M&S, Plan A and a polymer for all reasons? | Profile – Kevin Vyse

Des King reports from the European Bioplastics conference in Berlin, where M&S food packaging technologist Kevin Vyse confirmed the importance of bio-based materials delivering a sustainable retail environment.

M&S has long been a fully committed proponent of the circular economy, whose principles are as deeply embedded its recently updated 2025 version of Plan ‘A’ as they were when its original iteration was rolled out 10 years ago. The imminent prospect of a commercially viable bio-based alternative to oil-derived plastic packaging will make reuse and recycle a far more sustainable proposition when applied to a naturally renewable resource. The extent to which that might inform future strategy is one of the points raised with senior technologist of the M&S food packaging team Kevin Vyse in this exclusive interview for PN.

How much focus is being placed on your packaging strategy in Plan ‘A’ 2025?

Plan ‘A’ 2025 is central to everything we do at M&S and packaging is going to be quite important to all of us for this next period of our lives. We’ve made two commitments: one is to be 100% widely recycled by 2022; and the other to have a strategy in place for the use of just one plastics polymer by 2025.

Let’s look at recyclability first. You’ve stressed that collection is the only way to successfully recycle; how is that to be achieved?

Most of the industry wants a joined up policy across the UK. Collaboration with others to bring about changes in local government recycling policy is vital, such as a single policy on collection. Meanwhile, we’re the only retailer, as far as I’m aware, that’s part of the CEFLEX project that brings together a wider group of people and interests from around Europe on a quarterly basis to discuss how we’re going to make flexible films fully recyclable. Over 70% of the materials in use in the flexibles sector can be technically recycled right now if there was a facility for it. The other 30% is multi-layers; we’re going to have to work hard on what comes next with those.

You’re aiming to rely upon the use of a single polymer by 2025. Is that realistic – and if so, which one is it going to be?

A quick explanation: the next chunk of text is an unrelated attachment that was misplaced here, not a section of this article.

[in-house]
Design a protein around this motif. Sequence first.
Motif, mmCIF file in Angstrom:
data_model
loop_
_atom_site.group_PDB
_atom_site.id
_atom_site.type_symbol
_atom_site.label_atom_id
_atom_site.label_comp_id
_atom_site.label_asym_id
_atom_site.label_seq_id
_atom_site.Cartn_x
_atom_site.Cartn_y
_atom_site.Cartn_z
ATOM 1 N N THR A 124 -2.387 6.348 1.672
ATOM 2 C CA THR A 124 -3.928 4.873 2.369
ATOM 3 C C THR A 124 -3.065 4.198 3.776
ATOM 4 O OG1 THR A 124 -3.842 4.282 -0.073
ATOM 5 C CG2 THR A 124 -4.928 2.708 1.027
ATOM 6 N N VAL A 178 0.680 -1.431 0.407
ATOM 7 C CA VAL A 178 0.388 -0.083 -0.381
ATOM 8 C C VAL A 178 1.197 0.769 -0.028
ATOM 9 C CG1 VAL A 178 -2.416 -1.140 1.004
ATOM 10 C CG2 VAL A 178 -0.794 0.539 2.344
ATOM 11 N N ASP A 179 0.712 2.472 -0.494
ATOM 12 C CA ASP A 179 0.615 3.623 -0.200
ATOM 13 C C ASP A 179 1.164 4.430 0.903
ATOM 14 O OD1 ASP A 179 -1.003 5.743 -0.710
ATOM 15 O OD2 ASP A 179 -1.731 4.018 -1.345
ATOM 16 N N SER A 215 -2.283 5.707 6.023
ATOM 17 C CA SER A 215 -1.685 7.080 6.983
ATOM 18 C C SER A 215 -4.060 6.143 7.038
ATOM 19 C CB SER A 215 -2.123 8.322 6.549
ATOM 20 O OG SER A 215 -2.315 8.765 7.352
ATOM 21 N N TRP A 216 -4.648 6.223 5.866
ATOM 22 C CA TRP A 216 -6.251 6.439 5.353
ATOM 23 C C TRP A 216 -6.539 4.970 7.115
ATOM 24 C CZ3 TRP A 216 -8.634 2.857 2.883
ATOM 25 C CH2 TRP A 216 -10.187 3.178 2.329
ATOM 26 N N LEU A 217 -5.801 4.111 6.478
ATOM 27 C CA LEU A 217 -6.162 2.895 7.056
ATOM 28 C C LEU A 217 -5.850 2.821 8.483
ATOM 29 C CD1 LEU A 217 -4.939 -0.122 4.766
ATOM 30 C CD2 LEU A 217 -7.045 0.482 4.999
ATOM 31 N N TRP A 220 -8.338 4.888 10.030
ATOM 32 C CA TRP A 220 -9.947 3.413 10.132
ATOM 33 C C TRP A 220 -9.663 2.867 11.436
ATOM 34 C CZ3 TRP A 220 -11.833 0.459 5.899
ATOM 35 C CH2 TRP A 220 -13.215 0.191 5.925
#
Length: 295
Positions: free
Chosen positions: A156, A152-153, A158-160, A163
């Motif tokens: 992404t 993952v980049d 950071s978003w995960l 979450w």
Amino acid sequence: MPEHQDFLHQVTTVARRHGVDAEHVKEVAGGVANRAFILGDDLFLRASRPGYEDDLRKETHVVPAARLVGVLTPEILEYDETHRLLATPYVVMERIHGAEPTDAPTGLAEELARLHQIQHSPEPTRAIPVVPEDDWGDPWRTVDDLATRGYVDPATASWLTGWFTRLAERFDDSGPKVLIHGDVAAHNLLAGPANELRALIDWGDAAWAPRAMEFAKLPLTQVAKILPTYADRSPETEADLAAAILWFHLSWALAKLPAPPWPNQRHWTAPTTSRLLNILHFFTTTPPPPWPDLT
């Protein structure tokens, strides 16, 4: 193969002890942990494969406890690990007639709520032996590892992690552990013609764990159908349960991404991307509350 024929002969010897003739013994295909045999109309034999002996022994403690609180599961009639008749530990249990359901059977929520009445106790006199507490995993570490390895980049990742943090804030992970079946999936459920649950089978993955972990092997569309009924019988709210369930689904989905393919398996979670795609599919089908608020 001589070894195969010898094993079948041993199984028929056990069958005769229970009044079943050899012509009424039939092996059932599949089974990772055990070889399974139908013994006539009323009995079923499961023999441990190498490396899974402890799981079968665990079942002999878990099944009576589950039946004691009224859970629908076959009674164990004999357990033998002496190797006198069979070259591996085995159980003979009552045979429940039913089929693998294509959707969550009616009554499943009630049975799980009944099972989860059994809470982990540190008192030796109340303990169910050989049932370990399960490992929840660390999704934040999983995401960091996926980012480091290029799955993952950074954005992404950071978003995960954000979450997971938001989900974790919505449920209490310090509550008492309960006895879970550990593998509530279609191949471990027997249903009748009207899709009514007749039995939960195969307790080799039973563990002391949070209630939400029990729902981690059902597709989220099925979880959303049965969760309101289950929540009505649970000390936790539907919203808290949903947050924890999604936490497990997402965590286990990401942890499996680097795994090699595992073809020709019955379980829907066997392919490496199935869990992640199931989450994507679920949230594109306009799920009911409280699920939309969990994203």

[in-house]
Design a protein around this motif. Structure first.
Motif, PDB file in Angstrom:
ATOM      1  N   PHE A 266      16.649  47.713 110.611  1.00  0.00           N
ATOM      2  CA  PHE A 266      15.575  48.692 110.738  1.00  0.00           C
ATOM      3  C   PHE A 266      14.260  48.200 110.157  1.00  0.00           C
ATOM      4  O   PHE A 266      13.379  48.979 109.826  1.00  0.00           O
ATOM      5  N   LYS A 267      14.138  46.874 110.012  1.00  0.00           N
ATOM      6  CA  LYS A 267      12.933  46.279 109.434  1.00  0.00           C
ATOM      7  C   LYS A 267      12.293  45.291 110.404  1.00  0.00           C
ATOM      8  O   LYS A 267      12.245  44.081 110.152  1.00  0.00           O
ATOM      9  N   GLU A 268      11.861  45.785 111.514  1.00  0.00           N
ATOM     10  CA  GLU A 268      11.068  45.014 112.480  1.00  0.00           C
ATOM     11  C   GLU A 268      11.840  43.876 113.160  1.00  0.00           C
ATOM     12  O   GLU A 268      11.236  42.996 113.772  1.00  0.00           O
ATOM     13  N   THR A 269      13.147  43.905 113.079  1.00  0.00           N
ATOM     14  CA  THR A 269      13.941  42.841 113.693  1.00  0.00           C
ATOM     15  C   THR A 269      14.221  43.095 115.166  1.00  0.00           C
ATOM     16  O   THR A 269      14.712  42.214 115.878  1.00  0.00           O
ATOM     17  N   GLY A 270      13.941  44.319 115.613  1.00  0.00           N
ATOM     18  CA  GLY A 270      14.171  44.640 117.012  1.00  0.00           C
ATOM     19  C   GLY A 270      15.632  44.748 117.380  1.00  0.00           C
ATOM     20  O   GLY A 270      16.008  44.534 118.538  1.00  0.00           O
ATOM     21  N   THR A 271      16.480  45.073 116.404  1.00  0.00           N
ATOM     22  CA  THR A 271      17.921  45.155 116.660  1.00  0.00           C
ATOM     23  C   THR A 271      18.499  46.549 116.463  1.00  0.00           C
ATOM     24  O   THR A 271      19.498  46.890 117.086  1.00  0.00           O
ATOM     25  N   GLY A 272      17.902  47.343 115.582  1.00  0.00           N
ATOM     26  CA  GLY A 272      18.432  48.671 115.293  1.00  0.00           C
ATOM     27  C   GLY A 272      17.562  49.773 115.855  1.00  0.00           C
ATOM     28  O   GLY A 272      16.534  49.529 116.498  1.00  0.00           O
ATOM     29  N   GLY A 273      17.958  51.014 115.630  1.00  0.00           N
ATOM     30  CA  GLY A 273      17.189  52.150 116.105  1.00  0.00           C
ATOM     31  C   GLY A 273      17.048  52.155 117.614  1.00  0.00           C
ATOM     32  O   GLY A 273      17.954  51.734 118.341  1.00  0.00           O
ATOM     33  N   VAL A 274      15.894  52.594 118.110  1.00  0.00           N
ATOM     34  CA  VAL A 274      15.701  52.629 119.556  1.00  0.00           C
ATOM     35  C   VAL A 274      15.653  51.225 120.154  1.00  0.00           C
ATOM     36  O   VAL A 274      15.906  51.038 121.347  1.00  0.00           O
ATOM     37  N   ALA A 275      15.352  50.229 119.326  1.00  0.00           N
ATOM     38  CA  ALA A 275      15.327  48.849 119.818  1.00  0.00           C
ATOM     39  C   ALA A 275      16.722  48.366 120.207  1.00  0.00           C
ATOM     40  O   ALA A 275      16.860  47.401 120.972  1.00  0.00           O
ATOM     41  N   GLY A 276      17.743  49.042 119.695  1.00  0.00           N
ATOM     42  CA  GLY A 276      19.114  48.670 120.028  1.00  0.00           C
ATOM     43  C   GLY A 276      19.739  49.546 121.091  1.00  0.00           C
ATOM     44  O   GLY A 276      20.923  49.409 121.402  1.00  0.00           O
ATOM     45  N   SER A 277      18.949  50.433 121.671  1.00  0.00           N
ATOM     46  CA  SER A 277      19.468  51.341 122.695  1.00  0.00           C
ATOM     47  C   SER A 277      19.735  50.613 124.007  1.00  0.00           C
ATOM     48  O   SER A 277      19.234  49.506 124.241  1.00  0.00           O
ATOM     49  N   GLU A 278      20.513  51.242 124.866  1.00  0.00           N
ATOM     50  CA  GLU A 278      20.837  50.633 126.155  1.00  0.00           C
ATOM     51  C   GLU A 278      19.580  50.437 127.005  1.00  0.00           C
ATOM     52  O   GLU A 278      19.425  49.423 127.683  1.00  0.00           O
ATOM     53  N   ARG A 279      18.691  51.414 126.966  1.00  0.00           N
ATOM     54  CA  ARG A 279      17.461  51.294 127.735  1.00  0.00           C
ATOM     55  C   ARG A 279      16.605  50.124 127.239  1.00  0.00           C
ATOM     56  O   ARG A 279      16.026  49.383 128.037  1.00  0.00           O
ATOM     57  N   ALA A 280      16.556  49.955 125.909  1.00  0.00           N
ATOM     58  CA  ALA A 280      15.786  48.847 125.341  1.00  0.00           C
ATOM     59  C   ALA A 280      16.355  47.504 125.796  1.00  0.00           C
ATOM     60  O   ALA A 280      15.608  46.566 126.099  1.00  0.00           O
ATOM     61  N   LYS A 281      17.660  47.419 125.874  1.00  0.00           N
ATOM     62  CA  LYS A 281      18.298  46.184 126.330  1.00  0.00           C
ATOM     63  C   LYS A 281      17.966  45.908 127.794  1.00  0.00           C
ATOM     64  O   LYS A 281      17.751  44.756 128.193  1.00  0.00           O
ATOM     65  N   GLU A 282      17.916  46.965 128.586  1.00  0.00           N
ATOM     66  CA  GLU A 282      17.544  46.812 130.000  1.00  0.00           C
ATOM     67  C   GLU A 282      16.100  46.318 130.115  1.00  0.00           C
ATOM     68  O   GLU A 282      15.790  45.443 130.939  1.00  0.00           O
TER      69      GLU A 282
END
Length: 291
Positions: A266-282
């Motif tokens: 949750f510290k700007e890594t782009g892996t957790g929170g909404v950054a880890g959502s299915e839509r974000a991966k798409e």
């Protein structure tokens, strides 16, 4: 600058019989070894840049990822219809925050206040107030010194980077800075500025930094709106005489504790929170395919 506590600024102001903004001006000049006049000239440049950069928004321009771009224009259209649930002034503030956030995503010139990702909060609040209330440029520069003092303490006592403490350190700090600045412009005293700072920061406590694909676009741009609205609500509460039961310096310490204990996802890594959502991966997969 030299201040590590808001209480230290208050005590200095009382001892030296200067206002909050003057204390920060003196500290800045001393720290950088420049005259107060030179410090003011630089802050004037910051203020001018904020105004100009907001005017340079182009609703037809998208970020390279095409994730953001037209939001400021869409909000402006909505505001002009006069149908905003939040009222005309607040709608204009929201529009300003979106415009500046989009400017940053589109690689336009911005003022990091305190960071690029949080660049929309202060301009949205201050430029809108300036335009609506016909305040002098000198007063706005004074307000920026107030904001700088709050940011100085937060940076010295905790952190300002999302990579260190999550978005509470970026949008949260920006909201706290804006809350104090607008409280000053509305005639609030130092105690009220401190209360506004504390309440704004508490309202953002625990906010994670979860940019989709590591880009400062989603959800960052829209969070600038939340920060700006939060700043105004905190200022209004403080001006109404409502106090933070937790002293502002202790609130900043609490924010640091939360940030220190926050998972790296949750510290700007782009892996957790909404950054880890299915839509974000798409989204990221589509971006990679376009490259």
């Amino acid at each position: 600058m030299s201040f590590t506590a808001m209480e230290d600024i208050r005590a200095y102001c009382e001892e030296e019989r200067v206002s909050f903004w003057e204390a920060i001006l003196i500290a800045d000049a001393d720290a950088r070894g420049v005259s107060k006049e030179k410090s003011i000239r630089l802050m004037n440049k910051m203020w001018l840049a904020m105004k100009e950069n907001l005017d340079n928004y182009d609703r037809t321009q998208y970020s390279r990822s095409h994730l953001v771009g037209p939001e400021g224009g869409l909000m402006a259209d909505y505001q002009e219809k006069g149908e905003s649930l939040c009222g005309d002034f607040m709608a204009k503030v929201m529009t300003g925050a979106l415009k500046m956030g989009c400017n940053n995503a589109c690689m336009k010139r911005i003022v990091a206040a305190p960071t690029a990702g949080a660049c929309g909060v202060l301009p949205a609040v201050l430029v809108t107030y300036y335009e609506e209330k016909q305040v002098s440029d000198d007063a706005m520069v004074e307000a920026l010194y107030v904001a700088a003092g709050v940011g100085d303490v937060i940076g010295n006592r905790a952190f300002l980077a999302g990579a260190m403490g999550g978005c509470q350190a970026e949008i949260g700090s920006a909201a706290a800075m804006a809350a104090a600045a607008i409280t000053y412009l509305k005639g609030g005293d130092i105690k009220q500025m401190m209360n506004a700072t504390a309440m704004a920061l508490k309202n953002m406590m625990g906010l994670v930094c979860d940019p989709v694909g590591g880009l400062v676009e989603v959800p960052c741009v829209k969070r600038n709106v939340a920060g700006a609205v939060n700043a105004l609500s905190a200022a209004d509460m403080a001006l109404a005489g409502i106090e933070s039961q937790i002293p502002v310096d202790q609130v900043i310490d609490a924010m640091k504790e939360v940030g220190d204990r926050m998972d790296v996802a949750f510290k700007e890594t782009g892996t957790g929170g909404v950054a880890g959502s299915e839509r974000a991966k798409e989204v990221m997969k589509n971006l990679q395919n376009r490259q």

If you look at the successful rates for collection of metal, glass and board it’s quite clear that consumers understand what goes into what bin. Why not plastic? What is stopping us using a single plastic for all the materials we’ve got? M&S Food has already got down to three, so it’s not far off.

There are some exciting developments in the pipe-line that will perform better than PET; PEF (polyethylene-furanoate) being one of them. We know that by 2022 there will be two pilot plants running PEF. We’re looking at all these options. Meanwhile, there are new bio-based materials being developed continuously, so we’re keeping an open mind on this.

Could PEF also be used for flexibles too?

That’s still to be explored. We have fairly good confidence that it can be made into film but we’ve not yet done the trials. It’s probable this will happen in the next 18 months.

Whilst PEF at least is still a thought rather than a fact, how much provision is there for the single-use polymer to be bio-based?

We’ve set a goal to be a zero-waste business across all that we do – our operation, our supply chains and of course when our customers come to remove packaging and use our products. This includes designing packaging that underpins the creation of a circular economy; that’s why we’re looking seriously at how we can use bio-based sourced feedstock with this programme. How much fossil and how much organic materials we use in combination we will have to see. We know this will take a number of years and would expect that in this time a lot of us will then be using biopolymers as a matter of course.

I’m sensing that circularity is more important than sourcing.

Absolutely; circular design is at the core of this. If you take that as your working principle, that you’re designing for sustainability, then you’re automatically going to be asking lots of questions about the source materials. And if you do ask those questions honestly, then you’re going to be driven towards a bio source.

Can you clarify your position with regard to biodegradable plastics?

We are reluctant to engage in biodegradability because of the confusion there is with the consumer on how and what to do with it; also because the current infrastructure won’t accept it easily. Biodegradability has a place, but it needs to be a closed system – such as the London Olympics, for example, where it was all collected and safely kept separate from the traditional recycling system.

Where you go, others tend to follow. When they do so, isn’t there a danger of that eroding your point of difference?

I don’t think that in this particular case eroding any point of difference is of primary concern. We want to be the first to do it if we can – but I think it’s important for us all to move forward in this direction. Collaboration is going to be watchword as we go from here. It’s already started to happen in some big areas. The point of difference ultimately comes through the brand that you’ve created and the service that you deliver.